• Reciprocity – the promise of future help/support in return – I’ll pick your child up from school if you can return the favour another time.
• Friendship – social networks and relationships are the bedrock of human happiness – in meeting other parents and families in the neighbourhood we’re building our own, new community in which we feel a close sense of belonging.

Fear of cuts might to act as a financial incentive. We know from behavioural economics that we are ‘more averse to loss than gains’ and a snippet from Liverpool on the Today Programme this morning suggested this might be the case in practice (e.g. community groups buying out local pubs which would otherwise close).

But how might organisations and/or government ‘sell’ the other social benefits of coproduction? (“Come, volunteer – you might meet some new friends!” isn’t such a bad pitch when loneliness is said to be a hidden ‘epidemic’ of modern times.) If we can build social capital on a foundation deeper and more sustainable than financial incentives alone, we might root our principle of social productivity more firmly in the values we are trying to instil for our communities.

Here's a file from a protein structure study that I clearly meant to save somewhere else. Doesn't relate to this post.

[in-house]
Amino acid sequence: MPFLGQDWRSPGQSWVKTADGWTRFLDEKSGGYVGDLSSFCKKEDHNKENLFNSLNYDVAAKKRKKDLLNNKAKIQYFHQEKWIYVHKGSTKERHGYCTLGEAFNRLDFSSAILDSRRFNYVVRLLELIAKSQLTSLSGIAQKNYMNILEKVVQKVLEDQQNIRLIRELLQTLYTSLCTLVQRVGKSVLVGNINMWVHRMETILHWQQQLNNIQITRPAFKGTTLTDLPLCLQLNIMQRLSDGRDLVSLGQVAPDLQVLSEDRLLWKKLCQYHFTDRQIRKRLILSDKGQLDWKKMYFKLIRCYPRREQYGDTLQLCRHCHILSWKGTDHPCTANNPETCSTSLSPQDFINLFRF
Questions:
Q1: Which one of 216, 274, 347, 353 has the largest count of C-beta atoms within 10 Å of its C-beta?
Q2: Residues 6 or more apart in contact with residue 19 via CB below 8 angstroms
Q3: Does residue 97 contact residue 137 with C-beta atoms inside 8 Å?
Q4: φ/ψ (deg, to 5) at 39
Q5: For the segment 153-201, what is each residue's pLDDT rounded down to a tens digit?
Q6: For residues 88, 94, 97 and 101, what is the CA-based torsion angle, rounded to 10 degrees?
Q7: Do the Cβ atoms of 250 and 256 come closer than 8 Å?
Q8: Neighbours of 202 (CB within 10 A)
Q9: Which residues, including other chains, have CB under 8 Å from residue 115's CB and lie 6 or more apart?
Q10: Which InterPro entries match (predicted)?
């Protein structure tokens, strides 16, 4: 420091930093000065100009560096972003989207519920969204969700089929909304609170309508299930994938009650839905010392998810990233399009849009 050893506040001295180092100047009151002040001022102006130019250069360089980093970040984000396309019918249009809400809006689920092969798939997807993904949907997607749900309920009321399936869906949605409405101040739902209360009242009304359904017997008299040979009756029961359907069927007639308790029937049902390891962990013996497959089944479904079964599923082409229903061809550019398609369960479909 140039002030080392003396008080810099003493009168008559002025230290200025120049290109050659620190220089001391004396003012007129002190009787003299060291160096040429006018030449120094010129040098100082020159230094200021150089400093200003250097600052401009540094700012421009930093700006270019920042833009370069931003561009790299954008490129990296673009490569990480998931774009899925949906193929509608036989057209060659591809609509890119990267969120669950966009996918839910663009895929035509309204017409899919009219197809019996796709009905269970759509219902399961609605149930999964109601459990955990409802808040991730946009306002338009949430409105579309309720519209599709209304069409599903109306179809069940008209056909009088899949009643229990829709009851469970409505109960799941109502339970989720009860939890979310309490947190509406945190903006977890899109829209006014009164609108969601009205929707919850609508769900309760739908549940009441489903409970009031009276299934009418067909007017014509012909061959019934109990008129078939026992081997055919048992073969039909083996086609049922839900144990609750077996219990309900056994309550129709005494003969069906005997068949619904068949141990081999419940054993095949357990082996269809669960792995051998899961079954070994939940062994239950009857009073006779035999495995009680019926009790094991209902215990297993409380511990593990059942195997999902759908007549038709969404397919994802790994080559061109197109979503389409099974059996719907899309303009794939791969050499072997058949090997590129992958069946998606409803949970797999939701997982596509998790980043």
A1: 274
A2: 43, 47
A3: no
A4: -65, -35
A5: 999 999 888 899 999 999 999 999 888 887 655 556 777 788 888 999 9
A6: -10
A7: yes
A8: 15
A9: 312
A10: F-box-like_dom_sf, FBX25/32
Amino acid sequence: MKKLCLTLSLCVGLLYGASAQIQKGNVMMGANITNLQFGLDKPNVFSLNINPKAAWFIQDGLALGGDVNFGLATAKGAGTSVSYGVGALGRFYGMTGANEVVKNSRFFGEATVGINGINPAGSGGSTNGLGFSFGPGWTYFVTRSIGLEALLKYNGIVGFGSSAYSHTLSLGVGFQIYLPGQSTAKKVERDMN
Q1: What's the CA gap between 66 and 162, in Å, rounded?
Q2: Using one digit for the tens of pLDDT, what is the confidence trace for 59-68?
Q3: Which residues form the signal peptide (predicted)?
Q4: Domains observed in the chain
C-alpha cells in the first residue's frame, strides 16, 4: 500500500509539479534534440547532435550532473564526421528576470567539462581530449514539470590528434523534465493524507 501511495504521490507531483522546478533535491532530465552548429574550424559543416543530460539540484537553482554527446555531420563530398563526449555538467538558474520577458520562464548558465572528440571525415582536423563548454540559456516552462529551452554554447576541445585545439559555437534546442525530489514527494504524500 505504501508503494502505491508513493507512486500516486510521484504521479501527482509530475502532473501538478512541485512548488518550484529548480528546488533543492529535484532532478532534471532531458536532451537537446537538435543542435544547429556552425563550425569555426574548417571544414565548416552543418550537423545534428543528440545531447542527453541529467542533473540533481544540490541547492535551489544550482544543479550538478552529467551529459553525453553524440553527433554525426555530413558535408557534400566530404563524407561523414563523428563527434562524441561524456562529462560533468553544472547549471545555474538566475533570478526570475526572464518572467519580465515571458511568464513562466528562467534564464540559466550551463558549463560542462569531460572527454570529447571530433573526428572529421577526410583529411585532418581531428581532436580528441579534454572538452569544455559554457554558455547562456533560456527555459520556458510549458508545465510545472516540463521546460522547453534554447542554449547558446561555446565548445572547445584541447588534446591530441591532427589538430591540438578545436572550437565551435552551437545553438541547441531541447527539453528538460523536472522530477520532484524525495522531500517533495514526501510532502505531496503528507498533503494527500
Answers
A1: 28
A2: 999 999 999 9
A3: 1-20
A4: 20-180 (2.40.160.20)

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Posted by Charlotte Alldritt at 1:05 pm
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Monday, July 26, 2010

White Paper, Healthy Debate

By Henry Kippin

The Commission’s health working group published Improving Health Outcomes earlier this month – written by myself and Dr Greg Parston, the group chair.  The Monday following the report, Secretary of State Andrew Lansley announced his white paper, and the debate has shifted again.  So how do the two match up?